1 tablespoon chopped rosemary, plus 2 large sprigs
1 tablespoon freshly grated pecorino cheese
1/4 teaspoon cayenne pepper
Salt and freshly ground pepper
2 large eggs, lightly beaten
Two 1 1/4-pound flatiron steaks, each pounded to a 1/3-inch thickness
2 1/2 cups beef broth
2 large shallots, coarsely chopped
2 tablespoons all-purpose flour
How to Make It
Preheat the oven to 400°. Put the bread on a large baking sheet and brush all over with olive oil. Bake for about 20 minutes, until very crisp and golden brown. Let cool. Break up the toasts and transfer to a food processor. Process to coarse crumbs.
In a large glass measuring cup, cover the prunes with 1/2 cup of the wine. Microwave at high power for 1 minute, or until the prunes are soft. Cut the prunes into 1/2-inch pieces and transfer to a large bowl along with the soaking wine.
In a large, deep ovenproof skillet, heat the 1 teaspoon of olive oil. Add one-third of the pancetta and cook over moderate heat until crisp, about 7 minutes. With a slotted spoon, add the pancetta to the prunes. Add the garlic to the skillet and cook over low heat for 1 minute. Scrape the garlic into the bowl. Add the bread crumbs, chestnuts, chopped rosemary, pecorino and cayenne and season with salt and pepper. Stir in the eggs.
Put the steaks on a work surface and season both sides with salt and pepper. Press half of the stuffing over each steak. Roll up the steaks lengthwise and tie at 2-inch intervals with kitchen string.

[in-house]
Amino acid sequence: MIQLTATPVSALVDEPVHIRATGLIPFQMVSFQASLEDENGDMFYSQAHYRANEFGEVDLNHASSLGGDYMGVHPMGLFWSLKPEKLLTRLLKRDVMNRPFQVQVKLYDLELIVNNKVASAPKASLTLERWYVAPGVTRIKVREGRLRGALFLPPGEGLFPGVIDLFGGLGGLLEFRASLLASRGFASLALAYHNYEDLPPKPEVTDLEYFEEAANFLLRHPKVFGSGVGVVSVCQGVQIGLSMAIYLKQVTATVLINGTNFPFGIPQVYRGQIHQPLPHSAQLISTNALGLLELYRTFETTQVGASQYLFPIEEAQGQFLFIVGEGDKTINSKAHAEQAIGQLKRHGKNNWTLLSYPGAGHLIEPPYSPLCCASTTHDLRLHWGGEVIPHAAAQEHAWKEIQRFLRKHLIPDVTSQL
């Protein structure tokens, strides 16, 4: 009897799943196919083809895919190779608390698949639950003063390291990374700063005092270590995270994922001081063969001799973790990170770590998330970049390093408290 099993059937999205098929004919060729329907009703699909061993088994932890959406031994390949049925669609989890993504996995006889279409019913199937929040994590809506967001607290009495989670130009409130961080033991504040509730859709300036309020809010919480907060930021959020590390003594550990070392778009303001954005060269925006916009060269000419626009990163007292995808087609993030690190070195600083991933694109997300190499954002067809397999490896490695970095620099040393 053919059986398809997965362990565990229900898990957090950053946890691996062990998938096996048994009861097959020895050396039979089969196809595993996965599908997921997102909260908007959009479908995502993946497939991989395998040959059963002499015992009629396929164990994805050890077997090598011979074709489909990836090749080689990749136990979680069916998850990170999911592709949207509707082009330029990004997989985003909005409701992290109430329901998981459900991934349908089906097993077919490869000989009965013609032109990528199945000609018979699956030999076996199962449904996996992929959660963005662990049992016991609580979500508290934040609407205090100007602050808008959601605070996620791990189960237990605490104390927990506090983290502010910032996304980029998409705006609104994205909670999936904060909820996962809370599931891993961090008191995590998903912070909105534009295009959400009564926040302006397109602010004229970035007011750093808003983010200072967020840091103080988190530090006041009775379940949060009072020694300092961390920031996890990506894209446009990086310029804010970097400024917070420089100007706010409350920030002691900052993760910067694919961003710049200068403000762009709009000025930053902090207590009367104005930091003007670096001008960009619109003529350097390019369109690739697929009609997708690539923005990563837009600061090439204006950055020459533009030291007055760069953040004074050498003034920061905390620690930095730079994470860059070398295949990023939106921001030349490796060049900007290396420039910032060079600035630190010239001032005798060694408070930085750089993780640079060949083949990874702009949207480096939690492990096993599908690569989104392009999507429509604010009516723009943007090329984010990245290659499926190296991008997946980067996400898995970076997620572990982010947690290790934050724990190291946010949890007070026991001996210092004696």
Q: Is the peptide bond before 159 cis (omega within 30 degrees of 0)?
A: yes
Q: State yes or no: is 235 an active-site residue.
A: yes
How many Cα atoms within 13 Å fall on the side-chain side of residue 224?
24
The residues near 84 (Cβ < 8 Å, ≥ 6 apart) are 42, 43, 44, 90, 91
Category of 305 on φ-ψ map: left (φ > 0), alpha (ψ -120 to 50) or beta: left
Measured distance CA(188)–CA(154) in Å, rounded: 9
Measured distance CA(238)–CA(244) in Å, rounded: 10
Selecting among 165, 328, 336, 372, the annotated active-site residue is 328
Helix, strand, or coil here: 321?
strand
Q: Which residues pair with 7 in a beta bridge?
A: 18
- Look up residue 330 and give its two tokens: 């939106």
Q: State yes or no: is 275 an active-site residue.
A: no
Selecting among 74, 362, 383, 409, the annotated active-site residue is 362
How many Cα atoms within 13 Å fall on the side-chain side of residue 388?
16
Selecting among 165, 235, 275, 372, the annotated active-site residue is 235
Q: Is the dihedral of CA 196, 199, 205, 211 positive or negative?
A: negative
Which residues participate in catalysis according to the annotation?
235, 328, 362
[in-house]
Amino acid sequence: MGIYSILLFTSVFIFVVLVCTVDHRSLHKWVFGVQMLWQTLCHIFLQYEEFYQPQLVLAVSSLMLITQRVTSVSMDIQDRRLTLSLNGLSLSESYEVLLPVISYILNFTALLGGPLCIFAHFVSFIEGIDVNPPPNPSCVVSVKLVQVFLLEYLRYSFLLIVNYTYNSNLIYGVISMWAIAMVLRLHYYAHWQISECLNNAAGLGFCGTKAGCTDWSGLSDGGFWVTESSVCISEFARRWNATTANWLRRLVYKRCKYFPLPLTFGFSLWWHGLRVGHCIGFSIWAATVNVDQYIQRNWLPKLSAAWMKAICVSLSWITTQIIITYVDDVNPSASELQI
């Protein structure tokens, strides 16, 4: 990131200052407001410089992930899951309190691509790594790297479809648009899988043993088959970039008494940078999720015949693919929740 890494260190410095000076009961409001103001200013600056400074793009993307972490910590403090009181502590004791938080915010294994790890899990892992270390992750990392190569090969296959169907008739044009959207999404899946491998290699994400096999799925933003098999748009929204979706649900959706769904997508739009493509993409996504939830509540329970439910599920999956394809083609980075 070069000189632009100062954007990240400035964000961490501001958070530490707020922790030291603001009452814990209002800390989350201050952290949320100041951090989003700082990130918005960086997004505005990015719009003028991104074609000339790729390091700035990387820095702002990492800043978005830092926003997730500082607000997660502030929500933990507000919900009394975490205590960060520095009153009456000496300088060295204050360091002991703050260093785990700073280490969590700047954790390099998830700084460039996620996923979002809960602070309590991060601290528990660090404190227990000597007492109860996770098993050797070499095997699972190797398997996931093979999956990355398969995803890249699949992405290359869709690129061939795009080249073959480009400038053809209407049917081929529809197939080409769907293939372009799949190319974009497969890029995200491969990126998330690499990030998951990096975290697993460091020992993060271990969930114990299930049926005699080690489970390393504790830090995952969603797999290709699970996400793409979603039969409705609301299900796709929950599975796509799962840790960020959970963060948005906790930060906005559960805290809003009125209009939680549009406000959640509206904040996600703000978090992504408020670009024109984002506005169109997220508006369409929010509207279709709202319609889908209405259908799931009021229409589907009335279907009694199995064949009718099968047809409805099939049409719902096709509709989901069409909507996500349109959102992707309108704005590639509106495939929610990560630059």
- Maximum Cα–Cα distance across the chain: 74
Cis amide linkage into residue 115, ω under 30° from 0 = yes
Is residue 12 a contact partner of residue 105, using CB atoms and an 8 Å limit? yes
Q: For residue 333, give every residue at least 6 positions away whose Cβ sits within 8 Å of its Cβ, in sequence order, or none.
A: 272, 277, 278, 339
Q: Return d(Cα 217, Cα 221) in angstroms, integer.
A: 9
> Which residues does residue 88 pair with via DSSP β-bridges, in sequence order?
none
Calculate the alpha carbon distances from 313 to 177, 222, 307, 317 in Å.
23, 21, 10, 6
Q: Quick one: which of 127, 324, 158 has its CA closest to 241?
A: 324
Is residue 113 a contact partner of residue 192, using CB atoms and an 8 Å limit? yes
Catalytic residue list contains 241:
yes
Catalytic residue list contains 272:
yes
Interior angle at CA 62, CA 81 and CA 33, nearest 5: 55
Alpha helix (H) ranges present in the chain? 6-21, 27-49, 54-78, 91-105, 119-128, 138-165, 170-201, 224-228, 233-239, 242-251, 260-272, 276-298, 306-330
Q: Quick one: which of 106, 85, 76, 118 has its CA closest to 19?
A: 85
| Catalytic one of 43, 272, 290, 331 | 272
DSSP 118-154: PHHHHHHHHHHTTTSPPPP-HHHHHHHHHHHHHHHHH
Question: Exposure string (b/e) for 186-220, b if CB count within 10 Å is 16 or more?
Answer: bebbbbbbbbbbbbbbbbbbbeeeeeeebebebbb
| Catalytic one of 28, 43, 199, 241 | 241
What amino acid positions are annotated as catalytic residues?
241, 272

Turn the oven down to 350°. Heat the remaining 1 tablespoon of olive oil in the skillet until shimmering. Add the steaks and cook over moderately high heat until browned all over, about 8 minutes. Turn the steaks seam side down. Add the remaining 3/4 cup of wine and pancetta to the skillet along with the broth, rosemary sprigs and shallots; bring to a boil. Transfer the skillet to the oven and braise the steaks for about 25 minutes, turning once, until a thermometer inserted in the steaks registers 130° for medium-rare to medium meat.
Transfer the steaks to a carving board to rest for 5 minutes. Whisk the flour into the pan juices and simmer over moderately high heat, whisking a few times, until the gravy is thickened and slightly reduced, about 3 minutes. Strain the gravy into a small saucepan, pressing on the solids. Season with salt and pepper and keep the gravy warm.
Untie the steaks and slice crosswise 1/4 inch thick. Serve with the gravy.
Thanks to warm days and cool nights, Amador County reds develop concentrated flavors without becoming overly jammy or syrupy, making them perfect for this elegant steak. The Sobon family has championed this style since the '70s. Look for its Syrah or Zinfandel.
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